The story of Vice President Joe Biden’s potential run for the presidency heated up today, and got ugly very fast, as Politico ran a story accusing Biden himself of being the source for a story about his dying son Beau begging him to run for president.
Furthermore, the story implies Biden embellished the “leaked” account of his son’s words for maximum political effect. On Tuesday afternoon, Biden’s office declared the story was “categorically false, and the characterization is offensive.”
The contentious revelation concerns an August 1 article from Maureen Dowd at the New York Times, described as a “renowned Hillary Clinton critic” in Tuesday’s Politico piece:
According to multiple sources, it was Biden himself who talked to her, painting a tragic portrait of a dying son, Beau’s face partially paralyzed, sitting his father down and trying to make him promise to run for president because “the White House should not revert to the Clintons and that the country would be better off with Biden values.”
It was no coincidence that the preliminary pieces around a prospective campaign started moving right after that column. People read Dowd and started reaching out, those around the vice president would say by way of defensive explanation. He was just answering the phone and listening.
But in truth, Biden had effectively placed an ad in The New York Times, asking them to call.
Before that moment and since, Biden has told the Beau story to others. Sometimes details change — the setting, the exact words. The version he gave Dowd delivered the strongest punch to the gut, making the clearest swipe at Clinton by enshrining the idea of a campaign against her in the words of a son so beloved nationally that his advice is now beyond politics. This campaign wouldn’t be about her or her email controversy, the story suggests, but connected to righteousness on some higher plane.
The Politico article goes on describe Biden as considering Hillary Clinton’s falling poll numbers, the prospect of a bitter battle with Clinton’s political machine, and the rapidly approaching filing deadlines in a calculating manner, contrasting this with the moving moment-of-destiny story he supposedly shopped to the New York Times.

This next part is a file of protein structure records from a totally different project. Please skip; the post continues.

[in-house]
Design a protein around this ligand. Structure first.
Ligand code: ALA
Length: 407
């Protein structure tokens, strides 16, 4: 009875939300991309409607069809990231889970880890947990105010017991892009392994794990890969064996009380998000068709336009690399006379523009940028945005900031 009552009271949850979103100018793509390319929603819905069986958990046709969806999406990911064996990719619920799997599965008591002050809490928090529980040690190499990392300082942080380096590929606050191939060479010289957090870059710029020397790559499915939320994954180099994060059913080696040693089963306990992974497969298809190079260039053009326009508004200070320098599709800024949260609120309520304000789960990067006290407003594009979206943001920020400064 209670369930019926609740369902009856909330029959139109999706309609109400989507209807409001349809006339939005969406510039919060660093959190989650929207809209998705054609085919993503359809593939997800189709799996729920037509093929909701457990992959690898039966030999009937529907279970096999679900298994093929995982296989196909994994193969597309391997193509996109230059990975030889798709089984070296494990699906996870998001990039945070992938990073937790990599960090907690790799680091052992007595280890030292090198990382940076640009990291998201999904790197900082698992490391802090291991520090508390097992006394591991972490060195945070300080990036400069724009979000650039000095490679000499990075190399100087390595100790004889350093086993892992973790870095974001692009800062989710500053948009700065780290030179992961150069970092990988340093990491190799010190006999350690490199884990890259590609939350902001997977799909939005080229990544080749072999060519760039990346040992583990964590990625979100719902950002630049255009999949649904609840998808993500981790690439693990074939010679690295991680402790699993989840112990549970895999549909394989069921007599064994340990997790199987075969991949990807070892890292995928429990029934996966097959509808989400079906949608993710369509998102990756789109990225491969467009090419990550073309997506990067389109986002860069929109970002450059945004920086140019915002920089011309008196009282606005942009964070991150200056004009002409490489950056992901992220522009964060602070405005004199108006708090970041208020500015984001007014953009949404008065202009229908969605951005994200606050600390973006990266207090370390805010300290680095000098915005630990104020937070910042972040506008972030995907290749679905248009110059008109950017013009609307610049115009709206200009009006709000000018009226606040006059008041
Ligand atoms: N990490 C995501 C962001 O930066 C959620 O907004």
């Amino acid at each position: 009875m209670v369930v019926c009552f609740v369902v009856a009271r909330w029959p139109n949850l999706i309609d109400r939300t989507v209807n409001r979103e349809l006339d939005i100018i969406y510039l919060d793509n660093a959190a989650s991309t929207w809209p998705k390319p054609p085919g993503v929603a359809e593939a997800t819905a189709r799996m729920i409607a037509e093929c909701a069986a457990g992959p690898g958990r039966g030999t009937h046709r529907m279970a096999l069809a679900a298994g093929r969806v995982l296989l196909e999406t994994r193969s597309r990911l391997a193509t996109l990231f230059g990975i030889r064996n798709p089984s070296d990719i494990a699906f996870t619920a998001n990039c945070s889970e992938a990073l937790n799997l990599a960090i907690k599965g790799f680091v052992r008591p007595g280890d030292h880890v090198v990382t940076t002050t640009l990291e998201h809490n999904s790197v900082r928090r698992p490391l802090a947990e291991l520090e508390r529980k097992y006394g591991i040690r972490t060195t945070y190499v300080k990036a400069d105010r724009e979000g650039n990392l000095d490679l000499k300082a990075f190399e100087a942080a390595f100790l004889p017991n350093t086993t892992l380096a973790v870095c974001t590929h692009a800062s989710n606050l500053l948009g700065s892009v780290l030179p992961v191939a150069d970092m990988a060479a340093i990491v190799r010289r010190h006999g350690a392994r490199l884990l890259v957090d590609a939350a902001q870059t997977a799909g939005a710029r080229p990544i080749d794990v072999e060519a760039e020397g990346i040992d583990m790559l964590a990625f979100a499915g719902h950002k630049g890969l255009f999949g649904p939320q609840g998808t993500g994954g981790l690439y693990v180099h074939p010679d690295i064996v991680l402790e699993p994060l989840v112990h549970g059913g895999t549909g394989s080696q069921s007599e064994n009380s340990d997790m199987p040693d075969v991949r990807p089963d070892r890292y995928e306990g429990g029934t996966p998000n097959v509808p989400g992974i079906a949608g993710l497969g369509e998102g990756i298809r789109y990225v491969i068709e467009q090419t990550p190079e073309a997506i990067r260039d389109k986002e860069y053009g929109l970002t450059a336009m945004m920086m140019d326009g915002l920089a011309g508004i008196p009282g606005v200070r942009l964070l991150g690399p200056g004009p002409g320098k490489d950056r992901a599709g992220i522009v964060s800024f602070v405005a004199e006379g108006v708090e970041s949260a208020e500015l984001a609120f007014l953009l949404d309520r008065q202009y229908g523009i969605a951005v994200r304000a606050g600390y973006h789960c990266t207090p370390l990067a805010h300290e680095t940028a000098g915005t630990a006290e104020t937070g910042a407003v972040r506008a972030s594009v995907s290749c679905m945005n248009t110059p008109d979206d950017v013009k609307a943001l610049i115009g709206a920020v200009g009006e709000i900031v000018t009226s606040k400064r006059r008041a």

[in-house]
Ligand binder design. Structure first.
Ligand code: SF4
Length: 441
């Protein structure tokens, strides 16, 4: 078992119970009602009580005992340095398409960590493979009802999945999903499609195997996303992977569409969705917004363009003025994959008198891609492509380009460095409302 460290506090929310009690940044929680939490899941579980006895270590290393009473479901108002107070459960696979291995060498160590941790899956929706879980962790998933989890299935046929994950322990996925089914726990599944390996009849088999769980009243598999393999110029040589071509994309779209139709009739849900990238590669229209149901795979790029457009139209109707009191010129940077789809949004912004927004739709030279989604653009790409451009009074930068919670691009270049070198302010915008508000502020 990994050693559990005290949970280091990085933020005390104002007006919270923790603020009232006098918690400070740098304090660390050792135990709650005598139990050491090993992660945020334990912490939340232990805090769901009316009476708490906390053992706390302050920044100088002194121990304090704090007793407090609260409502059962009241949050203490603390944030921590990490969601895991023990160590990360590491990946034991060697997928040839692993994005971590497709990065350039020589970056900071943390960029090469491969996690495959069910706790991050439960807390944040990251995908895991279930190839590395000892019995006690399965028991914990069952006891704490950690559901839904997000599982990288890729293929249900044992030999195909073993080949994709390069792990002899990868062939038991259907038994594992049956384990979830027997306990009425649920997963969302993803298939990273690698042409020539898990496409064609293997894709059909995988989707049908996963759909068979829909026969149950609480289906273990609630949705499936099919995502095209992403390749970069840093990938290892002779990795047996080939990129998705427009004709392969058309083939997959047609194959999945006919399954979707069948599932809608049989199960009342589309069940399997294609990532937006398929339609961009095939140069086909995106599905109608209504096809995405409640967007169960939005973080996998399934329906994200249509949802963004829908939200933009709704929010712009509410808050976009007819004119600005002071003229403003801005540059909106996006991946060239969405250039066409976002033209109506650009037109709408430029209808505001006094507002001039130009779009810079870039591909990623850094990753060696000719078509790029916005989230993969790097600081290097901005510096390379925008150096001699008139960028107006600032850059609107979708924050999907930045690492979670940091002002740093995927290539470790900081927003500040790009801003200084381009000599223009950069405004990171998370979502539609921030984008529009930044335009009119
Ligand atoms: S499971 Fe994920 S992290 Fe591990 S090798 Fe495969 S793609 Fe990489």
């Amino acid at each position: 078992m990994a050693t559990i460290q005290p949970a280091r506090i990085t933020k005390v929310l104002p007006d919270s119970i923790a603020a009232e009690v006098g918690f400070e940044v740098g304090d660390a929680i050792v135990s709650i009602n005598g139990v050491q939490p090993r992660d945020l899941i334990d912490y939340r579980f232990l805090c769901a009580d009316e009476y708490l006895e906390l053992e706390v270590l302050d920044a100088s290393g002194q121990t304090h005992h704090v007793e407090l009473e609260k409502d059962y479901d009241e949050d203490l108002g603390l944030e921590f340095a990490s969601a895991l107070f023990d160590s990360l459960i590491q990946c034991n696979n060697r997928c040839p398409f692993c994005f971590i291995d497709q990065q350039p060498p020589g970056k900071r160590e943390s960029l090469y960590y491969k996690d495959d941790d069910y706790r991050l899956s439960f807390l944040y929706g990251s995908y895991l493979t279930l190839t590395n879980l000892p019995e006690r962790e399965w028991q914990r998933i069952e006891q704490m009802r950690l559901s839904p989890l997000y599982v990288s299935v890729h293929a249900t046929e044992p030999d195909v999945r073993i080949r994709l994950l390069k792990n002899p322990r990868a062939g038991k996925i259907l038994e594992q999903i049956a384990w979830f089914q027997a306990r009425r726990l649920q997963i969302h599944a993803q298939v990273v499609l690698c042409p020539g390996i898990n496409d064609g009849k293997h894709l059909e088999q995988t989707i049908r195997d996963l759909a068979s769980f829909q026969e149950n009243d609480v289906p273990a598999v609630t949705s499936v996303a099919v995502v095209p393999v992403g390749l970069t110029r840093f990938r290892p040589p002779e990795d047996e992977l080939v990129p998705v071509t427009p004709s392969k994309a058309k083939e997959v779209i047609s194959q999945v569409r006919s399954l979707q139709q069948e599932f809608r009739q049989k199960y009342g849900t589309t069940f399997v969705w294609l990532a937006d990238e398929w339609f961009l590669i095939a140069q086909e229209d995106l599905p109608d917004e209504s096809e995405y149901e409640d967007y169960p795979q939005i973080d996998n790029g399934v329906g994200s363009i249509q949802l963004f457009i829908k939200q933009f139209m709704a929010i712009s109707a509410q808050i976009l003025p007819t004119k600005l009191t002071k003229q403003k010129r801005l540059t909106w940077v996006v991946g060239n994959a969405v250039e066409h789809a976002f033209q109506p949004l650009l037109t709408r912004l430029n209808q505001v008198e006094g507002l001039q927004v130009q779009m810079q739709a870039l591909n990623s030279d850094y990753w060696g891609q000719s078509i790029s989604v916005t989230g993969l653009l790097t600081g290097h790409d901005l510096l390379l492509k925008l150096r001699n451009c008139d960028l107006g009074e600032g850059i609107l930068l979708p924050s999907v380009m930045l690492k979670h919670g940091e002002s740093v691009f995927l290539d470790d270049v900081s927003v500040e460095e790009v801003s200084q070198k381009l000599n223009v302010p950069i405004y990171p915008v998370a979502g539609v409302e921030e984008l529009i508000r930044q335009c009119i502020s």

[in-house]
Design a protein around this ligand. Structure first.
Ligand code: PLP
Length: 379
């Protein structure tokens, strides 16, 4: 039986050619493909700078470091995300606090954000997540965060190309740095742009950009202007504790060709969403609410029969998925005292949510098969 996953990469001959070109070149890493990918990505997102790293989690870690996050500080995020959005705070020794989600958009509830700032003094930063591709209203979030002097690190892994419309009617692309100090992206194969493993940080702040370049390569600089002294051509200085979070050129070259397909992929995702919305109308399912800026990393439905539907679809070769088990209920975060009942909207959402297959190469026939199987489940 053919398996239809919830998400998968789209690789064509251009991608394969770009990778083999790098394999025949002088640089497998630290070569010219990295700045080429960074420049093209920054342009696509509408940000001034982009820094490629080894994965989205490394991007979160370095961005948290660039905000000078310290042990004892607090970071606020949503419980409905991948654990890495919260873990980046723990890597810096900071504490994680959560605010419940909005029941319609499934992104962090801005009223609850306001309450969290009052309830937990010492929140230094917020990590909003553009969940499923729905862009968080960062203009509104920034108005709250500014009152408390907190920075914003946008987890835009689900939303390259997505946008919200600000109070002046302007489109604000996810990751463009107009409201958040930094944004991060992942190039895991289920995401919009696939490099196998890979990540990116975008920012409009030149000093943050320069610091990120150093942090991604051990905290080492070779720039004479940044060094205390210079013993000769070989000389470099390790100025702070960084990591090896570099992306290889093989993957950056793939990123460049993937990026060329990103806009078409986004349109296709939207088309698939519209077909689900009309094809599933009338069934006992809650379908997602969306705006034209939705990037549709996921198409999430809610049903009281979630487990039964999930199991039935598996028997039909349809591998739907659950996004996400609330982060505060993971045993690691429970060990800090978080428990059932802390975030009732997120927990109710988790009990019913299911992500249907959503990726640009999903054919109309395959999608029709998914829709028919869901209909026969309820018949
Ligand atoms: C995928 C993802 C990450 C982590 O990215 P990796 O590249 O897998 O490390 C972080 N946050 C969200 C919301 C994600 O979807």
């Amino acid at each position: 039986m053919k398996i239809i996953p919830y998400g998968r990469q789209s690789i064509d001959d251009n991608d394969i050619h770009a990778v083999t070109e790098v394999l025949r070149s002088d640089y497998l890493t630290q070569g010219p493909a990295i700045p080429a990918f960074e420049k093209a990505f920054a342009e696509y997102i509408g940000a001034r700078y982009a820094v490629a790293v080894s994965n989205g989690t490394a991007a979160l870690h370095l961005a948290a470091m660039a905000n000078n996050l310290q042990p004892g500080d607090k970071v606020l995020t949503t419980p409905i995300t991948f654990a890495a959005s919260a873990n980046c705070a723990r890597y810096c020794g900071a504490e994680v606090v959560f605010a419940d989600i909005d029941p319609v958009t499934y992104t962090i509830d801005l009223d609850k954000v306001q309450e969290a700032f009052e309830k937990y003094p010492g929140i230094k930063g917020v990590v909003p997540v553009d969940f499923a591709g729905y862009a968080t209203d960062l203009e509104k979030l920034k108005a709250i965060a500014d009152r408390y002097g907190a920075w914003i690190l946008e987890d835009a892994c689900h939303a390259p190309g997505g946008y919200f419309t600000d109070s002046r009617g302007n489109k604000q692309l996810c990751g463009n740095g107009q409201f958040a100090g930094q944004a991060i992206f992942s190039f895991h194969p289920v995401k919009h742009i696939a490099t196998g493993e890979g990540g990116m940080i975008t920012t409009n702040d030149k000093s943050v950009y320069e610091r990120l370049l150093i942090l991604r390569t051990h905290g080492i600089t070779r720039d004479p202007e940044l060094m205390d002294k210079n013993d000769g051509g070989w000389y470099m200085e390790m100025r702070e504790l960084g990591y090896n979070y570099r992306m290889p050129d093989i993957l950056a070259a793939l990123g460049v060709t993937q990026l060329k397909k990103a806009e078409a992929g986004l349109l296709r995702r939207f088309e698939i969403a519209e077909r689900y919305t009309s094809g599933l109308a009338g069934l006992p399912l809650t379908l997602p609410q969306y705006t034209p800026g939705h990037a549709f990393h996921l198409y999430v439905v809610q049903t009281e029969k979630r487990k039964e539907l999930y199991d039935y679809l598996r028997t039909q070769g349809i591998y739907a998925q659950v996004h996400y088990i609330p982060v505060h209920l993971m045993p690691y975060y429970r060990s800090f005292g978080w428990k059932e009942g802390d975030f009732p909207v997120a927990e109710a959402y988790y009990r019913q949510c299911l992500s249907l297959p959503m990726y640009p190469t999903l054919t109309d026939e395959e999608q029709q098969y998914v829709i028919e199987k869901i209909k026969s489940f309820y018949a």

Biden is also portrayed as moving with perhaps unseemly haste to connect with left-wing darling Senator Elizabeth Warren to explore her willingness to join him on the ticket, and using his wife Jill Biden to manipulate media coverage of his campaign deliberations. At the same time, the story also suggests he’s not taking the business of launching a last-minute presidential campaign seriously enough, given that over two months have passed since he used Maureen Dowd to inflate his trial balloon.
Also, while the notion of Biden exploiting, or perhaps even inventing, the story of Beau’s deathbed encouragement is horrendous, the Politico article goes to some lengths to emphasize that his grief is genuine, and much of his family remains opposed to him launching a 2016 campaign.
Those of a conspiratorial mindset may wonder if the Politico story was itself arranged by a certain individual with an even greater reputation for making political “calculations” than Joe Biden… who is a nasty piece of work on the campaign trail, despite his carefully cultivated media reputation as lovable, if somewhat dotty, “Uncle Joe.” It does have a certain shot-across-the-bow feel to it.
Either the story is true, and Biden’s denials are another calculated gambit; the story is false, and was a calculated gambit by someone who wants Biden to stay out of the race; or Politico’s sources are honestly mistaken, although the story specifies that several people provided them with the same information.
Since Maureen Dowd herself refused to comment for the article, and only she could conclusively refute it, the result is a set of bad vibes Biden would find it difficult to completely dispel.